International studio — 15.1901/​1902(1902)

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American Studio Talk


The Philadelphia. Photographic Salon.

The Fourth Annual Exhibition of the Philadel-
phia Photographic Salon, just concluded at the
Pennsylvania Academy of Fine Arts, has been an
occasion of considerable controversy. Personali-
ties have been introduced into the affair, on which
no good can now be done by dwelling. But the
principle involved is the main thing, and that is
concerned with maintaining the highest possible
standard. Some avow that in this last exhibition
the committee made a concession to popularity,
while this body replies that it had no intention of
doing so, and does not think that there is any
falling off this year in the quality of the exhibits.
Nevertheless, the misunderstanding has caused a
considerable number of the most distinguished pho-
tographers to hold aloof, and to the extent of their
absence, at least, the recent exhibition was weaker
than in previous years.

But it is past, and I prefer to dwell upon the
incident rather in its relation to future exhibitions.
What is needed in a salon, it seems to me, is a
showing of the very best in pictorial photography,
— the best as judged by quite exacting principles
of selection. Anybody can make photographs —
of some sort or another; the majority of amateurs,
and not a few professionals, have not passed through
any studentship in the principles of picture-making,
as painters do; great numbers rely vaguely on
taste rather than on knowledge; and the result is
an infinite variety of standards, of which the larger
proportion are below what the painter would
achieve. Yet it is the aim of photographers to
establish the claim of their craft to be reckoned
among the fine arts. They cannot expect this
claim to be admitted unless their pictures show
those qualities which are looked for in the produc-
tions of other mediums. It becomes, then, simply
a matter of common sense that in the salon, which
is to be the great object lesson of the year as to
the standing of pictorial photography, they should
insist upon a standard as high as possible, that the
lesson may be entirely convincing.

In the present state of photography it seems
necessary that even a higher standard should be
adopted than a painter’s jury would apply to pic-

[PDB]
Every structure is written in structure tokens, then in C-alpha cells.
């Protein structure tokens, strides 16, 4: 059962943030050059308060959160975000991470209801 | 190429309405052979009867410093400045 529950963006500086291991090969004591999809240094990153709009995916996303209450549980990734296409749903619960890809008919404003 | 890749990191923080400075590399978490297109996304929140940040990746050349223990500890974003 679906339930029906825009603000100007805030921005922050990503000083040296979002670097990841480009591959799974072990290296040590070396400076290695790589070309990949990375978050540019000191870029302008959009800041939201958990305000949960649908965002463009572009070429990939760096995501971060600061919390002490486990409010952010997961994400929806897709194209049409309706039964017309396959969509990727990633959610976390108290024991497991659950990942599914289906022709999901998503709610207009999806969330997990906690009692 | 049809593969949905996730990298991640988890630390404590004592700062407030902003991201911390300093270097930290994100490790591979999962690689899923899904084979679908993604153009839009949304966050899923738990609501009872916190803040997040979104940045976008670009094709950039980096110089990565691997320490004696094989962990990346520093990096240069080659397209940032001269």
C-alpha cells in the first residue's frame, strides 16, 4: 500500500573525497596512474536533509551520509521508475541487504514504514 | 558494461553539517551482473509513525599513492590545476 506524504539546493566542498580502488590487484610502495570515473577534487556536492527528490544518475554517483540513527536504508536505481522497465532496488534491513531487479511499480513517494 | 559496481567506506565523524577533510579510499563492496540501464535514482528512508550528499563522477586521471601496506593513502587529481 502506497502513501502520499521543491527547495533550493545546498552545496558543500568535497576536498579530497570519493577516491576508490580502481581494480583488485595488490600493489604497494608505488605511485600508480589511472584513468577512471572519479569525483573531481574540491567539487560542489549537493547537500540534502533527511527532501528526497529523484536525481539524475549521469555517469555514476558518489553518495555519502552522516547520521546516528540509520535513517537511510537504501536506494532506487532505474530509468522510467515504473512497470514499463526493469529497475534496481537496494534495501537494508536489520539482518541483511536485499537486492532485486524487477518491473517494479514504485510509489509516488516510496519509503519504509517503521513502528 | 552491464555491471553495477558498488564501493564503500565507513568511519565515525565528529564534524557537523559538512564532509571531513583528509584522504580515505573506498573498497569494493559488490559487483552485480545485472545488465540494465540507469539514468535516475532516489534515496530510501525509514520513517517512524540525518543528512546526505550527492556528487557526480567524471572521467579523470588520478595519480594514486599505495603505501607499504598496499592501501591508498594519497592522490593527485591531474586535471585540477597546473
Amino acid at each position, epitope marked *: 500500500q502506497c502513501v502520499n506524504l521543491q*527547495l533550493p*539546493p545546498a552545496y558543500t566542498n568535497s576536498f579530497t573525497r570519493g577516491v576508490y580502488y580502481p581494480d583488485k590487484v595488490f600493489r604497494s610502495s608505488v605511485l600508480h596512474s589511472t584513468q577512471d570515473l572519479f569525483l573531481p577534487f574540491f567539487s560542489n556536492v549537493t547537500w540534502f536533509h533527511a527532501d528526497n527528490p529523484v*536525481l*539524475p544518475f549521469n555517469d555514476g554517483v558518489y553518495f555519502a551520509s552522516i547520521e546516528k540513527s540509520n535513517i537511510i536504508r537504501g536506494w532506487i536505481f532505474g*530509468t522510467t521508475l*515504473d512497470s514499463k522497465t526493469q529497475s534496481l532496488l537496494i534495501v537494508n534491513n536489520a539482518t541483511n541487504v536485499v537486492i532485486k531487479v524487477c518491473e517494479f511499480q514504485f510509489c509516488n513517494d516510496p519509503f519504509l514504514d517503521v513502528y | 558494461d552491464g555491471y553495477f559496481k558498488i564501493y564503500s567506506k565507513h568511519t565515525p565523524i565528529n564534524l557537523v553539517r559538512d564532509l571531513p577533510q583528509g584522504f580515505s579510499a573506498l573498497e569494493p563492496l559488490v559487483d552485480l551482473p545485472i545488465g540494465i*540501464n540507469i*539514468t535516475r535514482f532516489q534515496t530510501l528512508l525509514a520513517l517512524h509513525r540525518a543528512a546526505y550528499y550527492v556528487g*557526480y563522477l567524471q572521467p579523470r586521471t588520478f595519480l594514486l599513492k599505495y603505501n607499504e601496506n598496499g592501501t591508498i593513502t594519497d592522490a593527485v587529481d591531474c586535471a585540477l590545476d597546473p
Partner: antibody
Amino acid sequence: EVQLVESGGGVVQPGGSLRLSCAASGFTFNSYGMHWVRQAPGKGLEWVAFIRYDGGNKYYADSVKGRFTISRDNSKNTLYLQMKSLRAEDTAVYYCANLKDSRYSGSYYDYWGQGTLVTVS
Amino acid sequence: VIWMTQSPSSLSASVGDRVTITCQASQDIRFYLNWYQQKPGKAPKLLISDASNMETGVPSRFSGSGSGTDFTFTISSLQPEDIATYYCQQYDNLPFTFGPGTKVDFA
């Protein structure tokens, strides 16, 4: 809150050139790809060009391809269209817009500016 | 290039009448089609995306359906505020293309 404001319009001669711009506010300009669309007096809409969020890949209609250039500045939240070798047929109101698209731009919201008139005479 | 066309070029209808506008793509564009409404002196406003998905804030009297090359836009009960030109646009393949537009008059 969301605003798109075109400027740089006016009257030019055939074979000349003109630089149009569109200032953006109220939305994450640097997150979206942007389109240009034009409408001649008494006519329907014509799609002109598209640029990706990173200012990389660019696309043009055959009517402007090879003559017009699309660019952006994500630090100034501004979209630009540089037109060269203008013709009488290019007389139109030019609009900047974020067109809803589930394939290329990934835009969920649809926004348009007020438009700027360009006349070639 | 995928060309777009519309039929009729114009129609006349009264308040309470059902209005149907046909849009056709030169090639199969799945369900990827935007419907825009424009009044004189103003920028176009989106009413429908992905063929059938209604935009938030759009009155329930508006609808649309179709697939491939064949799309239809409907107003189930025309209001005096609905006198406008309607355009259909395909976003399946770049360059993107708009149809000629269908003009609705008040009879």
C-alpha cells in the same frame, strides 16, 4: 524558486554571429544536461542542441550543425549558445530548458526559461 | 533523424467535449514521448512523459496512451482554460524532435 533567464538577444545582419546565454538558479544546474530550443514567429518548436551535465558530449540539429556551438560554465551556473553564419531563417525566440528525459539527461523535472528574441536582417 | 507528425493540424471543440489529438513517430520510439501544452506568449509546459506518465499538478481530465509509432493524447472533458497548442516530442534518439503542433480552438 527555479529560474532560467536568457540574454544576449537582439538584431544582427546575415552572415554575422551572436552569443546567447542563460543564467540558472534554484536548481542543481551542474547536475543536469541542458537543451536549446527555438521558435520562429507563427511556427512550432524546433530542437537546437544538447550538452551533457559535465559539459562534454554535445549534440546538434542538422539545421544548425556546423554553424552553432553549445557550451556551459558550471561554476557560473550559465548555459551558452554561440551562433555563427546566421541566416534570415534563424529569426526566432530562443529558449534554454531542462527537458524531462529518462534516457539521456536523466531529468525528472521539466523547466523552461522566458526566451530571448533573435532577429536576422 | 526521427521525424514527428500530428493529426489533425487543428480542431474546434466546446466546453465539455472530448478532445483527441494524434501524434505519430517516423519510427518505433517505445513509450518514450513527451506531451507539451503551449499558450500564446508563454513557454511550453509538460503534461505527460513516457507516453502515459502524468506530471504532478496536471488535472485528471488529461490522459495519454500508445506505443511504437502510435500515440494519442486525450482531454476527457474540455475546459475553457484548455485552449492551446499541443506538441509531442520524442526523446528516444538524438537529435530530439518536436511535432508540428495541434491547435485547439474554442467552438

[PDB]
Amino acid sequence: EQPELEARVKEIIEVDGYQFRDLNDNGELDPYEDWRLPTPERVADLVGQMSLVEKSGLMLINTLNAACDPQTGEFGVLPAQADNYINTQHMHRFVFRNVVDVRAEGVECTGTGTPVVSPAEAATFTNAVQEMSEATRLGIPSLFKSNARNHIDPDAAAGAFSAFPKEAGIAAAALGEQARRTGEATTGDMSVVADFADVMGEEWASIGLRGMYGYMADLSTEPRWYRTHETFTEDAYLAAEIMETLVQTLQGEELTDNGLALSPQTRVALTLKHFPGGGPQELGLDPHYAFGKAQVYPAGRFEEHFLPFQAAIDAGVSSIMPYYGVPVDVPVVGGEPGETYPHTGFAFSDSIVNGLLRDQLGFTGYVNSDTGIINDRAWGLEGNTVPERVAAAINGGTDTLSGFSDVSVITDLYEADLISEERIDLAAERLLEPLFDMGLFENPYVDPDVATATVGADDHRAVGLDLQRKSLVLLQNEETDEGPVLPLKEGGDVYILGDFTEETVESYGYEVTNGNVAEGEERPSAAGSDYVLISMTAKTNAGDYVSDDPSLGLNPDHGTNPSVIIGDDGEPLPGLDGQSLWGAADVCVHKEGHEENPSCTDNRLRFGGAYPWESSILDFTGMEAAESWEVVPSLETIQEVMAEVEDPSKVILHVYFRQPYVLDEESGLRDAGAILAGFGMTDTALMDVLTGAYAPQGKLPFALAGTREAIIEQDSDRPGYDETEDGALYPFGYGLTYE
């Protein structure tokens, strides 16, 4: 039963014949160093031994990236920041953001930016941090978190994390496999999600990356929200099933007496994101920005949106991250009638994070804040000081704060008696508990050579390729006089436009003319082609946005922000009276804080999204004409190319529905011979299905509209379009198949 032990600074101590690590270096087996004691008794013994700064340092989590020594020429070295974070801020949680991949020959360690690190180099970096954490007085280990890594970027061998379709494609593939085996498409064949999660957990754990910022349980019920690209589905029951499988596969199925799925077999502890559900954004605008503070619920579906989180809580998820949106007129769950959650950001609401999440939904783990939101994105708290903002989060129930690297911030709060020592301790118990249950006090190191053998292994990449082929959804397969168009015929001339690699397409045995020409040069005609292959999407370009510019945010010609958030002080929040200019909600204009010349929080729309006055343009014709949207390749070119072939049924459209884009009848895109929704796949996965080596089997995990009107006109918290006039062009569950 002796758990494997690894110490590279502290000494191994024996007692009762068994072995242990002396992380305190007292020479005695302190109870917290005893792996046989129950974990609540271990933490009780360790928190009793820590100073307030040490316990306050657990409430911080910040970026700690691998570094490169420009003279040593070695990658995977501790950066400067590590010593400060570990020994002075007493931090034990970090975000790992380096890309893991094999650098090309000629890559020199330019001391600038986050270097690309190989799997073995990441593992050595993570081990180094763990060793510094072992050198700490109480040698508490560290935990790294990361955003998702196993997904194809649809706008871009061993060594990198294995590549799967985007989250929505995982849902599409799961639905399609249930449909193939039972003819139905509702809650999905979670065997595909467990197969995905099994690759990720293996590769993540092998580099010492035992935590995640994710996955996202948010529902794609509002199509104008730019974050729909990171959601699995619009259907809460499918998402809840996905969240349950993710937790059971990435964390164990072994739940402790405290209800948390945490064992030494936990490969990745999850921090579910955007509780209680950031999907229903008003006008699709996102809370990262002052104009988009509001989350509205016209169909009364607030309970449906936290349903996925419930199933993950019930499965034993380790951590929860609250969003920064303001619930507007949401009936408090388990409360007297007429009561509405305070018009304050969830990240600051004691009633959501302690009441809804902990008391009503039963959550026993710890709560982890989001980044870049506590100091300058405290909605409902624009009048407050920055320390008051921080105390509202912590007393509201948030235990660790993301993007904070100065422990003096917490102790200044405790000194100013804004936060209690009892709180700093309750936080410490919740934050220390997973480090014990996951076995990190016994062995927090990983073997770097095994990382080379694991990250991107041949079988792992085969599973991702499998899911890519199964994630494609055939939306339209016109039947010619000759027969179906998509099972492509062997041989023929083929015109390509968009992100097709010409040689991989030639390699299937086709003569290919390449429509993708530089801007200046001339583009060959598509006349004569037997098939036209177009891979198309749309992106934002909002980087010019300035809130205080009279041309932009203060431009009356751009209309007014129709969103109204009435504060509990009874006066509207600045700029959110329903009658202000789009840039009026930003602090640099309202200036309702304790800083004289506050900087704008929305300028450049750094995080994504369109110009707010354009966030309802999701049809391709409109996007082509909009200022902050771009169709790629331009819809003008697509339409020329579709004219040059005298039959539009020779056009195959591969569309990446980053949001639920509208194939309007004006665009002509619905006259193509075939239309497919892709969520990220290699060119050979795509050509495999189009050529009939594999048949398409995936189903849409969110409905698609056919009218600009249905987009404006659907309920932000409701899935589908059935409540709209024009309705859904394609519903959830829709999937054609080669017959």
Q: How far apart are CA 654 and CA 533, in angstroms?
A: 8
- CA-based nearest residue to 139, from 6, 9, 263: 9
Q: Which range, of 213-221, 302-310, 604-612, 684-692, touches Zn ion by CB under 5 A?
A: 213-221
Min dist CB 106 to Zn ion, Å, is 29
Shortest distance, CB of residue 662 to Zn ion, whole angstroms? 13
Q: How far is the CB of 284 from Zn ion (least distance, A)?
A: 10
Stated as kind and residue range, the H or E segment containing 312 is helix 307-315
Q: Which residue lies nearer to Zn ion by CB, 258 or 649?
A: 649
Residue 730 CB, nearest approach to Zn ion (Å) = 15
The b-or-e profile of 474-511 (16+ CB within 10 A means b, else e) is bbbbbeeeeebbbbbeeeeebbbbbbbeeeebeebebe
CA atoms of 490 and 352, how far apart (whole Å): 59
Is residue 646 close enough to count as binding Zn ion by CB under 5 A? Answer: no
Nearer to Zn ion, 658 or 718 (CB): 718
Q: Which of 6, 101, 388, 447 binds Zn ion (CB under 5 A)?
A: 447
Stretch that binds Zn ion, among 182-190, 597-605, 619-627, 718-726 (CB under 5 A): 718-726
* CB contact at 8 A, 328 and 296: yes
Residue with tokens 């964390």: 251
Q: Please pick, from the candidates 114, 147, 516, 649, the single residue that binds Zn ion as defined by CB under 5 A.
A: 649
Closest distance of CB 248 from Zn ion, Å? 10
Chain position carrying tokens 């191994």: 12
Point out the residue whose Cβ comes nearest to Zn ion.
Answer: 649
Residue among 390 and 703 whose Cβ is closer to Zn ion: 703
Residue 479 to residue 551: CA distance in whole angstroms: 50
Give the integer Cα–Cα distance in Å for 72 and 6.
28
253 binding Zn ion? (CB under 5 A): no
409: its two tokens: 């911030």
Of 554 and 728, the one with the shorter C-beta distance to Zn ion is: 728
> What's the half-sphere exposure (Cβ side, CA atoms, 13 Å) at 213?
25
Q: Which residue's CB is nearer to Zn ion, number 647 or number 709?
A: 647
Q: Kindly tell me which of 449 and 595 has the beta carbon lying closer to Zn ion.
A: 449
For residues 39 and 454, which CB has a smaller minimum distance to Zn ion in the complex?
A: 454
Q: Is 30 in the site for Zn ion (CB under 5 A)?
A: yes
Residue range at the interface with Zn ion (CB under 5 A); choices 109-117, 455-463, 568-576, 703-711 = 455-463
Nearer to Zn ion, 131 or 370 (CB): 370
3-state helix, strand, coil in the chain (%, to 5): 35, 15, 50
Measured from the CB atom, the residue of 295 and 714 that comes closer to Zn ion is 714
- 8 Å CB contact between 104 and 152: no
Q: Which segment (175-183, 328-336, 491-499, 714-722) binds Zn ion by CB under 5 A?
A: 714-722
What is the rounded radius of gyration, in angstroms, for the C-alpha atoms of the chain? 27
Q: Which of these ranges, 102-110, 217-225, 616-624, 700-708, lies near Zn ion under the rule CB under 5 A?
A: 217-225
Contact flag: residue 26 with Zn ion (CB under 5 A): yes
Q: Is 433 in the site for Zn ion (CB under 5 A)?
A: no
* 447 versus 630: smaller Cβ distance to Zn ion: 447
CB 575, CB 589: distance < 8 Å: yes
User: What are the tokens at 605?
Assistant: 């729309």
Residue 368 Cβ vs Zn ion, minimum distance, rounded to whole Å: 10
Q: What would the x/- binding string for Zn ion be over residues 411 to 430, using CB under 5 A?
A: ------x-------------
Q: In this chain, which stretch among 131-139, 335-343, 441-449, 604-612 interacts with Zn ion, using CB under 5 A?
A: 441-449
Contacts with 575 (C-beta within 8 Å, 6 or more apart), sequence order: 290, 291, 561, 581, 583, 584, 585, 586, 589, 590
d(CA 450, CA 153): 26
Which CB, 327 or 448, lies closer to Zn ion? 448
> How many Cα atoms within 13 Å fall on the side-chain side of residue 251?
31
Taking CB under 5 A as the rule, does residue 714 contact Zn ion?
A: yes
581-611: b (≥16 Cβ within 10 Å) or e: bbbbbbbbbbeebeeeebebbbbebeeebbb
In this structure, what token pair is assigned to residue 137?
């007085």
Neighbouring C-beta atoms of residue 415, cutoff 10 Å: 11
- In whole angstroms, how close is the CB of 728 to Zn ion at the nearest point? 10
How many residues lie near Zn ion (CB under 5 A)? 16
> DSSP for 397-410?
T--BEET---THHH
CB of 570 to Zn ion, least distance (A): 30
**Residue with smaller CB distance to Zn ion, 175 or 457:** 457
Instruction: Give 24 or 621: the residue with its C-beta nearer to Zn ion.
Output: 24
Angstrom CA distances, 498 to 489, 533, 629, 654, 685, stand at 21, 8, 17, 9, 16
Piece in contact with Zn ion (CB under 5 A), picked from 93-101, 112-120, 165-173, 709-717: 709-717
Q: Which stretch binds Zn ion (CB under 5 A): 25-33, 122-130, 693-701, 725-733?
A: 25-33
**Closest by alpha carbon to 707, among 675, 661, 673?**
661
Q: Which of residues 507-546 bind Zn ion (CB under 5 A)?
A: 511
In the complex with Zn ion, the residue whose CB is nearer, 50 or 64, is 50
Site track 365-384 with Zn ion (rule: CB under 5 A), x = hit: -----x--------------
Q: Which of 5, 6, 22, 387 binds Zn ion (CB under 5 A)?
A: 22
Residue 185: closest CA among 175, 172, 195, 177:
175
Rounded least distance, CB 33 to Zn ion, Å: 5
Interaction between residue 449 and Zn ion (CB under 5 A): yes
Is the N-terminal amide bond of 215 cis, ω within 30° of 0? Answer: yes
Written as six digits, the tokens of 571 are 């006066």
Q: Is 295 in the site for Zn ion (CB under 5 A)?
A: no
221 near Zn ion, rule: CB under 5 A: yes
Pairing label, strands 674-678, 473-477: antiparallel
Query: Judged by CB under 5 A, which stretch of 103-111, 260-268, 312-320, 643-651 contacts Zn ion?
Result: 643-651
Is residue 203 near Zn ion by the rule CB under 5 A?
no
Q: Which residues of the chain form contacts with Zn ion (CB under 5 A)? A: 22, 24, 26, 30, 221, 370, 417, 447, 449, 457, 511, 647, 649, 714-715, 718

tures submitted for one of their exhibitions ; be-
cause a few indifferent pictures, while they may
lessen the quality of an individual exhibition, will

do no particular harm to the cause of painting,
though they will be stumbling-blocks to the public
who are trying to discover what good painting
really means. But even painters, or those who
know something about art, have hardly yet begun
to realize that a photograph can have any serious
claims to pictorial consideration ; and these are the
people whose imaginations need to be captured
first. And by what means?

In talking of the highest standard, one alludes,
first of all, to a fine composition, not necessarily on
academic lines, but showing a cultivated intuition
for unity and balance ; good tone; gradations of
color intrinsically beautiful and relatively harmoni-
ous and true to nature ; character in the choice of
subject, individuality and personal feeling in its
treatment, and lastly, as a finishing excellence, if
possible, the combination of all those qualities in so
marked a way and with such evidence of a vivid
personal conception, in the development of which
at every step the artist has displayed his controlling
influence, that we may say the picture has style.

Judged along this line of qualities, the only
American pictures in the recent exhibition that
singled themselves out as conspicuously good were
the examples shown by F. Holland Day.

If the salon is to be of continued usefulness,
some means must be found to reconcile the present
conflict of opinions, and the best chance of that
lies probably in an entire reconstruction of its

Arts and Crafts Exhibition in St. Louis.

(Contributed by Minnette Slayback Carper.)

The Art Section of the St. Louis Wednesday
Club have recently held an exhibition of hand
work gathered together from East and West, and
passed upon by a severe jury, so that although the
exhibition was small, it was a very creditable one.

One of the most important of the exhibits and
by far the most popular was that of the jewelry
and metal work. Two rings and a scarf pin
designed by Edouard Colonna (made by Bing et
Cie.) were objects of much interest. One ring was
an almost green turquoise, in silver and green gold ;
one of gold with a pink ruby. There were quite a
large number of pieces by Mrs. Wm. H. Klapp of
Chicago. Mrs. Klapp, a pupil of Mrs. Frederick
Koehler of Chicago, herself a pupil of Alexander
Fisher of London, England, vied with her teacher
in the beauty of her designs and the finish of work-
manship. One enamelled gold chain of alternate
oblong and oval links was very attractive and origi-

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